Clean data is critical for the accurate detection and diagnosis of public health risks
A researcher from the University of Wollongong’s School of Computing and Information Technology looked at data quality for public health information systems and identified a vital need for “high quality data and effective data quality assessment”.
Associate Professor Ping Yu’s research on data quality for public health information systems, published in 2014, conceptualises data quality assessment from three aspects: the quality of data, data use, and the data collection process.
The study noted there was limited research on the quality of the data collection process for public health information systems, in which data quality problems frequently occur.
“We have developed a four-dimensional (4D) framework for assessing the quality of the public health data process,” Professor Yu said.
“Using a four-dimensional (4D) framework will help the public health management identify the facilitators and address the barriers that affect the quality of the public health data collection process.”
The 4D Framework looks at data collection management, the data collection environment, data collection personnel, and data collection system.
The research team applied the 4D Framework to evaluate the quality of the HIV/AIDS data collection process in China and identified that Chinese AIDS information system has achieved better quality in data collection management “than that in the data collection environment and data collection system”.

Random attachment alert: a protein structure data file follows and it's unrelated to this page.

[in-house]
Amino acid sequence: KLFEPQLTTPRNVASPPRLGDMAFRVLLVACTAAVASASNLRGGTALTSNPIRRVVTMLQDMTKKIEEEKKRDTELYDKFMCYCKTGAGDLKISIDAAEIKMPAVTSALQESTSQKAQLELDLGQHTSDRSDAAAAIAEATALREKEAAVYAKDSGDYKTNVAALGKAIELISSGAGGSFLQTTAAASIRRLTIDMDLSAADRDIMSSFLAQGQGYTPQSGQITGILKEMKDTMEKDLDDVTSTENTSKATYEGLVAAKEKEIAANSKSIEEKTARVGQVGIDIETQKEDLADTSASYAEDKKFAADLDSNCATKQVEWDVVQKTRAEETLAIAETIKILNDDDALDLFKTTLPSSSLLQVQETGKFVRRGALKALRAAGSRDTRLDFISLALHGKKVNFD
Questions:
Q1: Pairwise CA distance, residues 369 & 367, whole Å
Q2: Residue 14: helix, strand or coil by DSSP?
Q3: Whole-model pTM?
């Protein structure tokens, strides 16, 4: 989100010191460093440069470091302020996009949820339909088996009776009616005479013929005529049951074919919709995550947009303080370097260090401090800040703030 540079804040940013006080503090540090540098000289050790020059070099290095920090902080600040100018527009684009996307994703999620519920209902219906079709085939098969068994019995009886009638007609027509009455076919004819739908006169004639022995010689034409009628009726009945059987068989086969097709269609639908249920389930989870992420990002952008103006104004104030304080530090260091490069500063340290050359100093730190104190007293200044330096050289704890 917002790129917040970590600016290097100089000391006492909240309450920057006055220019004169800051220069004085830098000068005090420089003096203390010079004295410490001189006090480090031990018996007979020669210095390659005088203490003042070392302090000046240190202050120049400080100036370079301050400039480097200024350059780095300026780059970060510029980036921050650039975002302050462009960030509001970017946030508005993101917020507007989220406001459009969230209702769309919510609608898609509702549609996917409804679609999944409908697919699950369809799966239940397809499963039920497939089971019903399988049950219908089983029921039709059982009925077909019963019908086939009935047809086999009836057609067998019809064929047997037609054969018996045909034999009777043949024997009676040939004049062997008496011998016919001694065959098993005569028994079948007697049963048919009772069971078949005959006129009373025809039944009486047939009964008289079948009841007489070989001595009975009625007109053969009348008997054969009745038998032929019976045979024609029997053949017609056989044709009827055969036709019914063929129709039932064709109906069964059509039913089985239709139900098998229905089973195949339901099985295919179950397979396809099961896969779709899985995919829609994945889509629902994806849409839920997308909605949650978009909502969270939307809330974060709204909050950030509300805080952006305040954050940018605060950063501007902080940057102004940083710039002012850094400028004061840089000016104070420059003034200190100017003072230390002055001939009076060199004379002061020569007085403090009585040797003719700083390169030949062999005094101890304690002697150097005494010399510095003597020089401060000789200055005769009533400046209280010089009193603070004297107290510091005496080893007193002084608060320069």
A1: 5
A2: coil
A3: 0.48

“There were also areas for improvement, including engaging frontline staff in the design of data collection protocols, standardising quality assurance procedures, strengthening leadership, recognising data collector’s contributions, and meeting end-users’ needs for the system,” Professor Yu said.
“Leadership and acknowledgement of the contribution and efforts of our health workers should be top priority, not only in the context of their critical role during the public health HIV/AIDS prevention and control, but in other public health domains.
“If a large proportion of frontline data collectors such as clinicians, nurses and public health professionals become sick of the job with job fatigue, the ability to respond to public health emergencies such as the COVID-19 pandemic and HIV/AIDS epidemic would be compromised, ” she said.
“We believe that the 4D Framework can be an evaluation tool to guide international effort in the assessment of the quality of the public health data collection process.”